Dating apps and websites have soared in popularity in recent years and can be a great platform for meeting potential partners – but, whatever happens, it is important to remember that anyone you meet online should be treated with respect.
We have seen a rise in reports of sexual assault involving people who have met through various dating sites, including both male and female victims, of all sexual orientations. In response to this, the constabulary is reminding people that sex without consent with rape.
Inspector Nicola Dean, from the Constabulary’s Crime Reduction and Community Safety unit, said: “We would never discourage anyone from using these apps and sites as they can be a great way to meet new people. However, it is important to remember that a swipe right doesn’t guarantee your night.
“Sex without consent is rape, whatever the circumstances. No matter what the conversations have been prior to meeting, anyone, male or female, of any sexual orientation, has the right to say no to sexual contact at any time and this should be respected.
“It is also important to remember that sex with someone who is incapacitated as a result of drink or drugs is rape. Offenders could find themselves facing a prison sentence and being placed on the sex offenders’ register. So stop and think, is it worth the consequences?”
While the constabulary very much wants to focus its attention on educating and deterring potential offenders, it is also important to remind people of some steps they can take to empower them around their own safety.
Inspector Dean continued: “Everyone should be free to date online without fearing for their safety, but, unfortunately, we know that these platforms can be used by those who have unscrupulous intentions. It is, therefore, still important to remain vigilant and take some simple precautions.
“Meeting and chatting with someone online, sharing intimate feelings and hopes can make you believe you know someone well. All of this can happen in a very compressed period of time, which can foster a false sense of security before you meet in person. But be aware that some people may not always be who they say they are.”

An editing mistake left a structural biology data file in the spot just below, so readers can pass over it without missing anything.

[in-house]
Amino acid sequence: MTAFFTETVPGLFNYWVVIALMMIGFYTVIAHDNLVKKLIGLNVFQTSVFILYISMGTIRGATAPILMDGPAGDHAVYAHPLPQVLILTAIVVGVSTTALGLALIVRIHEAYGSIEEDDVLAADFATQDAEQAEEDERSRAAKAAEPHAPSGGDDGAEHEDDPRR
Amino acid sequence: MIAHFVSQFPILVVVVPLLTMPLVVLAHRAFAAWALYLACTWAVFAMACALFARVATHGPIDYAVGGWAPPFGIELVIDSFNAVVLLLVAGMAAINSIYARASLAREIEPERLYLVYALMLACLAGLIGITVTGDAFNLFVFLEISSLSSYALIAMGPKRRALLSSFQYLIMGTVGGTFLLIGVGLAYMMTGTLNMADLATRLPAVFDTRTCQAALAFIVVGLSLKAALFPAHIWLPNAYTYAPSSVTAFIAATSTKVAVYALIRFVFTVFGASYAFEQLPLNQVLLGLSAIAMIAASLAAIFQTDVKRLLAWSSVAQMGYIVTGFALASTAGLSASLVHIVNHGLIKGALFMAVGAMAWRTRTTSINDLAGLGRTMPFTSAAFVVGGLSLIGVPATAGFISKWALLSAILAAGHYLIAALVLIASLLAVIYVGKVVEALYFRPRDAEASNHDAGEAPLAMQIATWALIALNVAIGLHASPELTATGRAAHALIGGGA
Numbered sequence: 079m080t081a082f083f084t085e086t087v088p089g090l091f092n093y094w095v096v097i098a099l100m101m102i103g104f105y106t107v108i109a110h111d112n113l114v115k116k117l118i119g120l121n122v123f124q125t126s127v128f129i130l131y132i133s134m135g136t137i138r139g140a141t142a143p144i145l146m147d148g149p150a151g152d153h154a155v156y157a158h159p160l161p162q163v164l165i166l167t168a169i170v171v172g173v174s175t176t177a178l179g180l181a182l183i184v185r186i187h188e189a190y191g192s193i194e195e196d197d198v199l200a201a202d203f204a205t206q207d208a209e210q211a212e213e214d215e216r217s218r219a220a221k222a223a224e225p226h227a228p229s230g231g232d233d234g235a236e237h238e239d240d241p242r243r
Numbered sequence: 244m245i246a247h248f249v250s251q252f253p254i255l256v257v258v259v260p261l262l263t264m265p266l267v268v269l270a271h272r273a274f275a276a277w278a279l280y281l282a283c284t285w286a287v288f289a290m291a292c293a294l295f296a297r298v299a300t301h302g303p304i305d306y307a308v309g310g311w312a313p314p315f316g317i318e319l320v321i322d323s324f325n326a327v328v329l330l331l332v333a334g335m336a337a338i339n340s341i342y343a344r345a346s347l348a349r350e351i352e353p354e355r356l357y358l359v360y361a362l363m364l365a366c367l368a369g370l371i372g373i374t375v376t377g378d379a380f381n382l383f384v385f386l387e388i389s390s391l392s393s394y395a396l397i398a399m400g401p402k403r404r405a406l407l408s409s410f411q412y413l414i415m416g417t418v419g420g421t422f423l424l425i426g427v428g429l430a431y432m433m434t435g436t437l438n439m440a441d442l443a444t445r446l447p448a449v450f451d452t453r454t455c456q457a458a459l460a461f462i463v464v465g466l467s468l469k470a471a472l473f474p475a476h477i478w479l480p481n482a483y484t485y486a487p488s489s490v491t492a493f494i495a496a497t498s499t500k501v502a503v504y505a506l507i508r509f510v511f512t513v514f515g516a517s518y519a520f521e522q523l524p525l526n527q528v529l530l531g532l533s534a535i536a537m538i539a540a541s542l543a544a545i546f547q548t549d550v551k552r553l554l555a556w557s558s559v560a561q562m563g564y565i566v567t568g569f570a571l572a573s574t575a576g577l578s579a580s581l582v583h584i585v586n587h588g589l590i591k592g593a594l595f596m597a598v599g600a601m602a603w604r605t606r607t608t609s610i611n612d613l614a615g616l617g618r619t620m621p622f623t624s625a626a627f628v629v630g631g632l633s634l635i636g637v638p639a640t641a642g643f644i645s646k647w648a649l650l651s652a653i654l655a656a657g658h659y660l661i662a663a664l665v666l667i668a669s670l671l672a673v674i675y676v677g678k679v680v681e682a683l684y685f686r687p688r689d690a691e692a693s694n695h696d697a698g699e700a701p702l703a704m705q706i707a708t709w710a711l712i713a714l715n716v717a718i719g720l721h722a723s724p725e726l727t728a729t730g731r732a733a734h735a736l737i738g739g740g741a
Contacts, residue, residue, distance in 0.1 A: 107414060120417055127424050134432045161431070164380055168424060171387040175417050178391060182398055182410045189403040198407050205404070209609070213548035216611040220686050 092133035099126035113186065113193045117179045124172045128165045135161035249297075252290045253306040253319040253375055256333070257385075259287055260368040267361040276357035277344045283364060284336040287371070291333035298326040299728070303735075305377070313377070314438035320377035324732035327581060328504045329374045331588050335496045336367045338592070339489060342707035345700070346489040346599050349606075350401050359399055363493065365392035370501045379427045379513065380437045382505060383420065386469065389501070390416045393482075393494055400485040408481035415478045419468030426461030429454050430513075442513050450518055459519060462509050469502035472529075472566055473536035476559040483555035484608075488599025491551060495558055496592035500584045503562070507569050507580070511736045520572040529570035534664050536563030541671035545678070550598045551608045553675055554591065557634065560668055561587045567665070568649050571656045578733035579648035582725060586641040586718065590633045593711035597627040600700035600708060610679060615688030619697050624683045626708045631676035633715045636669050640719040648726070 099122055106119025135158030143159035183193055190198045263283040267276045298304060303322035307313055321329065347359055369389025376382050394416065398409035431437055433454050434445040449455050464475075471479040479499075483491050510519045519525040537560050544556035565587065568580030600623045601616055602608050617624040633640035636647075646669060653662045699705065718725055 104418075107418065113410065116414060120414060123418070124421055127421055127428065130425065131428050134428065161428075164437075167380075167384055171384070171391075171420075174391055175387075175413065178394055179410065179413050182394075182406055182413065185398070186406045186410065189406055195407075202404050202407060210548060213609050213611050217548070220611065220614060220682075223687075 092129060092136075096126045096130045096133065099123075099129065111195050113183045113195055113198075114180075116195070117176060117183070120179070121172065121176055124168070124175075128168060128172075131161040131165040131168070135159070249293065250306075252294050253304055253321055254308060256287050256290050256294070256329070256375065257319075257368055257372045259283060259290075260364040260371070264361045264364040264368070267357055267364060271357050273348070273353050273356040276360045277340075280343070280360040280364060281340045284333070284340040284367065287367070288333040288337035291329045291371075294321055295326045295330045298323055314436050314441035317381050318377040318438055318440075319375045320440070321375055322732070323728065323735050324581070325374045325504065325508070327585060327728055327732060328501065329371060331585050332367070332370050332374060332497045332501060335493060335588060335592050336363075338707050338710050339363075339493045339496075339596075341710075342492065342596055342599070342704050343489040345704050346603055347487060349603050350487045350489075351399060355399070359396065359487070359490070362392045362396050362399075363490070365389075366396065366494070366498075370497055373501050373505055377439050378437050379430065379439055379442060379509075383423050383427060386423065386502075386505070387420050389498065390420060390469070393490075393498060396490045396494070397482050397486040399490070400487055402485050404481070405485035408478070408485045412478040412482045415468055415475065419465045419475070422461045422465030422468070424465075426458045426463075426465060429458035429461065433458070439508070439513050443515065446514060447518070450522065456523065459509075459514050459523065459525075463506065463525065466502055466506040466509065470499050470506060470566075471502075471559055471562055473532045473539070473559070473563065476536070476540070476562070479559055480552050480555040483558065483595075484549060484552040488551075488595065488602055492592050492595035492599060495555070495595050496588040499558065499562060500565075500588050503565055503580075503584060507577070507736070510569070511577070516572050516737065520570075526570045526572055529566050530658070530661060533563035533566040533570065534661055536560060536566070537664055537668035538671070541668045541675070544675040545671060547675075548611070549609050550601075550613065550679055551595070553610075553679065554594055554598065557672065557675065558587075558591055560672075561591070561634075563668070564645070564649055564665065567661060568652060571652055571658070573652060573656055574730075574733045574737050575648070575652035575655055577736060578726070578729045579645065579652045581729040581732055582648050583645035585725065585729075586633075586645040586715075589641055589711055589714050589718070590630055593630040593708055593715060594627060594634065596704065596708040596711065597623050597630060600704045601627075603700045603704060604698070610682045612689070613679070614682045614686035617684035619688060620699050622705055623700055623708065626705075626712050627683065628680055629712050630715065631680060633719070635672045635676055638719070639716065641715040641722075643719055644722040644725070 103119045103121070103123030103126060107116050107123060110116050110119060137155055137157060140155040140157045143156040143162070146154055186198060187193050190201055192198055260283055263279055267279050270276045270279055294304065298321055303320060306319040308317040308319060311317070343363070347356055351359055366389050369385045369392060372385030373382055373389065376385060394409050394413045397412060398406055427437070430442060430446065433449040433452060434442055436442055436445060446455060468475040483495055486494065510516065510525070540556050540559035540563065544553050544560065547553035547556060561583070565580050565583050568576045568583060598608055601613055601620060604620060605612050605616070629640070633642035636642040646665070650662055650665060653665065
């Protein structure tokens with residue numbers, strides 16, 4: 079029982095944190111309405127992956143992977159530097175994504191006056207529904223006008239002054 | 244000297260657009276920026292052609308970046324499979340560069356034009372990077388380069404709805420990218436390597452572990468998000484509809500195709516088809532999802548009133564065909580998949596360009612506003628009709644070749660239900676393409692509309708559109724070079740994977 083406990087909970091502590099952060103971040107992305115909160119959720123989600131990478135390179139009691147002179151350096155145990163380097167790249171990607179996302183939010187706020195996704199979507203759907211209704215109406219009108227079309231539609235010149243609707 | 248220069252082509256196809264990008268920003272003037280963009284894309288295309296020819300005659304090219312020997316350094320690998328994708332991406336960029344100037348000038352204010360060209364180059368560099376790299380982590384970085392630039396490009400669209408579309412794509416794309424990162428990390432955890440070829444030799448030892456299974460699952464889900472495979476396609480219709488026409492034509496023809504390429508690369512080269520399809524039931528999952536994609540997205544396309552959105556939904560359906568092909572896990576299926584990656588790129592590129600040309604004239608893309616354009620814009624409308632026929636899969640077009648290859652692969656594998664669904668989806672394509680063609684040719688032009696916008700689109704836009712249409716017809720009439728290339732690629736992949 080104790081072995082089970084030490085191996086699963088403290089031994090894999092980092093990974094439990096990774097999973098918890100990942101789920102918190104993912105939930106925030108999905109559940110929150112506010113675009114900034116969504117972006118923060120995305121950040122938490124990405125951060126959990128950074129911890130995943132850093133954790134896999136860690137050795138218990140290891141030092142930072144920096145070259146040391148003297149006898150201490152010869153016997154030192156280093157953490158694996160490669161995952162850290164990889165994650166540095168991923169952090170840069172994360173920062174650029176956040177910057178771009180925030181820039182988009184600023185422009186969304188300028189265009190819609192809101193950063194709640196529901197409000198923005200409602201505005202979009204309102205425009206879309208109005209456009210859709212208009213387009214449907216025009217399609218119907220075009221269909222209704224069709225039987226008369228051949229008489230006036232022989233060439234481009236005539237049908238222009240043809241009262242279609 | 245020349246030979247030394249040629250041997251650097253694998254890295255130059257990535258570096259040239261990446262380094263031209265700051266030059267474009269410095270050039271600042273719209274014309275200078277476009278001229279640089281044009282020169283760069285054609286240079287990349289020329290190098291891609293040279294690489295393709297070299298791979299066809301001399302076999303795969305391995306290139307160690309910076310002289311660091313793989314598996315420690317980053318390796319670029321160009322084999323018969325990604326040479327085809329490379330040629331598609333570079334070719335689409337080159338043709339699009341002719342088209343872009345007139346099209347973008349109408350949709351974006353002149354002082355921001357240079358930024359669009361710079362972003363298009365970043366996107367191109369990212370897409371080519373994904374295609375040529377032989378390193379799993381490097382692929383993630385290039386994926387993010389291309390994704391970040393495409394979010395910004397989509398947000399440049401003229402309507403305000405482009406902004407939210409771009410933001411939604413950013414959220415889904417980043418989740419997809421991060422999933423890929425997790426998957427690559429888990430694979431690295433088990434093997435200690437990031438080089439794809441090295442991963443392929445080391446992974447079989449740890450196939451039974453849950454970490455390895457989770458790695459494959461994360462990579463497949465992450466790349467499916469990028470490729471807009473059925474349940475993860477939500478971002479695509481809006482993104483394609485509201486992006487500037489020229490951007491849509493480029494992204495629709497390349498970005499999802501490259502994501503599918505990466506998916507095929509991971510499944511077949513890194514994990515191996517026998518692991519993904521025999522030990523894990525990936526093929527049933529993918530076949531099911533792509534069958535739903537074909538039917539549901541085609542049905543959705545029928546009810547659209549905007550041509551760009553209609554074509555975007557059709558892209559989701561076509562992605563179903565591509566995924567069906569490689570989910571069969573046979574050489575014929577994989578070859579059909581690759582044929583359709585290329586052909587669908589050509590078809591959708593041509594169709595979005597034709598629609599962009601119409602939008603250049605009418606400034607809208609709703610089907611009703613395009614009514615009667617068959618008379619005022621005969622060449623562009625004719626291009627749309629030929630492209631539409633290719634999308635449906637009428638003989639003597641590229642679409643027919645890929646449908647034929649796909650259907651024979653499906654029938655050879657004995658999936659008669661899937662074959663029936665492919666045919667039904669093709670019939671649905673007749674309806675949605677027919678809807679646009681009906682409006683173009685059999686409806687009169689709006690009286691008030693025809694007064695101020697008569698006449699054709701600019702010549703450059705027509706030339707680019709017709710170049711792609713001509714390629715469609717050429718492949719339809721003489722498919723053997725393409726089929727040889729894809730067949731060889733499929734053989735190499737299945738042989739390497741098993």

Never give out personal information, such as your address or place of work, on your online profile.
Always meet in a public place for the first time and arrange your own transport to and from the date.
Make sure you tell a friend, colleague or family member where you are going and update them regularly to let them know you’re ok.
Look for venues which promote the Ask For Angela scheme – this enables people who feel uncomfortable or unsafe during a date to discreetly seek help from bar staff.
Do not leave drinks or personal belongings unattended during a date.
Consider installing a personal safety app, such as Hollie Guard.
Always remember that sex without consent is rape.
Stop communicating with anyone who makes you feel uncomfortable and contact the dating provider to help protect others.
Detective Inspector Mike Hanson, from the Constabulary’s Sexual Offences Investigation Team, said: “Becoming a victim of sexual assault is never your fault. We take all reports seriously, no matter what the circumstances or how long ago the offence occurred.
“We have specialist officers on hand to provide support and advice to victims throughout an investigation and any subsequent court proceedings. We also have officers within the organisation who are specially trained to provide support to members of the LGBT+ community throughout an investigation.
“If you do not feel comfortable speaking with police straight away, you can contact Herts SARC (opens in a new window) (Sexual Assault Referral Centre) for practical and emotional support. The centre can arrange face-to-face support, sexual health referrals and provide forensic medical examinations for those who want them.
“The service is open to everyone – men, women and young people, no matter how long ago the abuse occurred."